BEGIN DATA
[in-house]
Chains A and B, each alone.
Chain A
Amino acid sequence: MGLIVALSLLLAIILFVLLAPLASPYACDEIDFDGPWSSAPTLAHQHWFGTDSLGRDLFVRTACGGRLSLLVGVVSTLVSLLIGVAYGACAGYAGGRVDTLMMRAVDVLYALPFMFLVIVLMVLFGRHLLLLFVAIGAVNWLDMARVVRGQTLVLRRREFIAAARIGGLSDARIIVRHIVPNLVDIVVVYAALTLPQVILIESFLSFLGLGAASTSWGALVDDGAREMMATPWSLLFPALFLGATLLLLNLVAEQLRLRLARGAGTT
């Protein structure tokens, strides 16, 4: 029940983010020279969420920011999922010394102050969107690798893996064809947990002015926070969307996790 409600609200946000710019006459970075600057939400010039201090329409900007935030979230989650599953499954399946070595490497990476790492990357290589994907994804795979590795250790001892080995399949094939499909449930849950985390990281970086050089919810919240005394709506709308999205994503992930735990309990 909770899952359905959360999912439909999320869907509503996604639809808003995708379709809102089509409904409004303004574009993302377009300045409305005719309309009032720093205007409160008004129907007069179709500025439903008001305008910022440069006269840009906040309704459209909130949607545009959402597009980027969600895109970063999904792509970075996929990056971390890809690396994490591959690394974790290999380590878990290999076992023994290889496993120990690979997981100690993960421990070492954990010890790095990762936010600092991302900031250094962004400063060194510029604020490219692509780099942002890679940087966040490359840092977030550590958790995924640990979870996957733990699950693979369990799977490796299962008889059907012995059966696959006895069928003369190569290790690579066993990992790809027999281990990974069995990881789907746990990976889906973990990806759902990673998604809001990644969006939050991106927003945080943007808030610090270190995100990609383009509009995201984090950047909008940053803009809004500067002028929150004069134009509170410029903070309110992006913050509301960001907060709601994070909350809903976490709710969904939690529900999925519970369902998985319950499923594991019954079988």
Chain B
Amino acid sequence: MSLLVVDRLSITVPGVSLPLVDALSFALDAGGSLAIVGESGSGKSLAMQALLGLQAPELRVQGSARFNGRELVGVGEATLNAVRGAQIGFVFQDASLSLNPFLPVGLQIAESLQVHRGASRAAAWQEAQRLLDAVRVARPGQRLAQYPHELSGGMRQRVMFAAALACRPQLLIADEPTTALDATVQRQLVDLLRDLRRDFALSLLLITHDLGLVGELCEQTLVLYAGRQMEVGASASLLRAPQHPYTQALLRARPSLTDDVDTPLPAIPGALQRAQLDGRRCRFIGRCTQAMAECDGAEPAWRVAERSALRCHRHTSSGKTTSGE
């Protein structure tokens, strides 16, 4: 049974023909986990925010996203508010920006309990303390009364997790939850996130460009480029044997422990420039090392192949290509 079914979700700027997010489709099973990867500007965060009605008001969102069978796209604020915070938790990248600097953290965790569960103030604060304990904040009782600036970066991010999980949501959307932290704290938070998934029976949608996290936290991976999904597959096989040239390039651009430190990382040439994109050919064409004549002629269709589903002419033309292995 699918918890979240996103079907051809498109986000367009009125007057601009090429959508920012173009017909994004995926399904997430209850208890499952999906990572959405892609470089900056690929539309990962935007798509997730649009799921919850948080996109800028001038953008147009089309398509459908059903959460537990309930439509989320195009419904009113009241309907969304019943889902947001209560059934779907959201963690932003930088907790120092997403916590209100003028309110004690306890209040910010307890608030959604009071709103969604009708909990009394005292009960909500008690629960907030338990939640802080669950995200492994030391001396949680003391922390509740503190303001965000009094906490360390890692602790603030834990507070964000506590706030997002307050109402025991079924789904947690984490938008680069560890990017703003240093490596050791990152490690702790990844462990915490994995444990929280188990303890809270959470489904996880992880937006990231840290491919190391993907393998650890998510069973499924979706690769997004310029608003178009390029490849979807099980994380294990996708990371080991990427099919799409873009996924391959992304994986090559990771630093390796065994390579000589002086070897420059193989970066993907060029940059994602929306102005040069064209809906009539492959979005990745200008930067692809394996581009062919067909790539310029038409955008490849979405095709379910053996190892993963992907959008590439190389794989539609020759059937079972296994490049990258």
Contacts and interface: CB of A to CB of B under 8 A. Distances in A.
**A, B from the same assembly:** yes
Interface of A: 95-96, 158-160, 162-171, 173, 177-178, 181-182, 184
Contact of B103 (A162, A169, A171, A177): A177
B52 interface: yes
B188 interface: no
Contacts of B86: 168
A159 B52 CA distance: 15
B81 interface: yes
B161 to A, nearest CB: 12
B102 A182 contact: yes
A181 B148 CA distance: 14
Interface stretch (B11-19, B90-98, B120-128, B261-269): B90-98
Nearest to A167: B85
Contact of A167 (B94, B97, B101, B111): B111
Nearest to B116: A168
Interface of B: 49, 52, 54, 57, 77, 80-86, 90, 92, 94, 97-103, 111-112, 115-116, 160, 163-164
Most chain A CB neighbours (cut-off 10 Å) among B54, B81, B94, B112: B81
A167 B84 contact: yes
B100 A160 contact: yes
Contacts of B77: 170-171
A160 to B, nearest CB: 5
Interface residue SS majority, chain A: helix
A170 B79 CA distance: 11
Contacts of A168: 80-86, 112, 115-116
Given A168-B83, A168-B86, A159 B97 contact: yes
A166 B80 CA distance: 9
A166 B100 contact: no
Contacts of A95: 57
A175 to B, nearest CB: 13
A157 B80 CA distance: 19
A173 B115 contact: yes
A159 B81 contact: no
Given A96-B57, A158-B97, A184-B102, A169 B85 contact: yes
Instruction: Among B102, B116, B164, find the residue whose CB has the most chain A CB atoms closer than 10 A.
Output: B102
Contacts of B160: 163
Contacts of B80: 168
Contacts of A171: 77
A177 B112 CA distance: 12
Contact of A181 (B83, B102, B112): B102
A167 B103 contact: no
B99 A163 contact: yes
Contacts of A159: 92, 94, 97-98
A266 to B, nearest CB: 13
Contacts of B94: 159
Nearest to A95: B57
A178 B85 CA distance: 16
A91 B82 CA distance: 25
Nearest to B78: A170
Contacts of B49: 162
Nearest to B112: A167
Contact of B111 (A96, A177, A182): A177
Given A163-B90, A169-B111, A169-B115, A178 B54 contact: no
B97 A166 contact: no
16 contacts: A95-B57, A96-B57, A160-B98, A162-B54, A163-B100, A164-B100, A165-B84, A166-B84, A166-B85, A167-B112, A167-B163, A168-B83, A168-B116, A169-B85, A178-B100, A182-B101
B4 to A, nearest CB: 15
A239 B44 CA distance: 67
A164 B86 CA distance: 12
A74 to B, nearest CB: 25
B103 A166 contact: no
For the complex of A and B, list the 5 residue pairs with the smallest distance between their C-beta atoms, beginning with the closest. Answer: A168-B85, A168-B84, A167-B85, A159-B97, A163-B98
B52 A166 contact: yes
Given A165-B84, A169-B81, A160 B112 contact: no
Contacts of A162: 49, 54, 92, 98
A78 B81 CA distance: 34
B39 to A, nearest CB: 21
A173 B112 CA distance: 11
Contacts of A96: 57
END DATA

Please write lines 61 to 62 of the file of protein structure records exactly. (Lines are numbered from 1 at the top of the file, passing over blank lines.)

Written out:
Contact of B111 (A96, A177, A182): A177
Given A163-B90, A169-B111, A169-B115, A178 B54 contact: no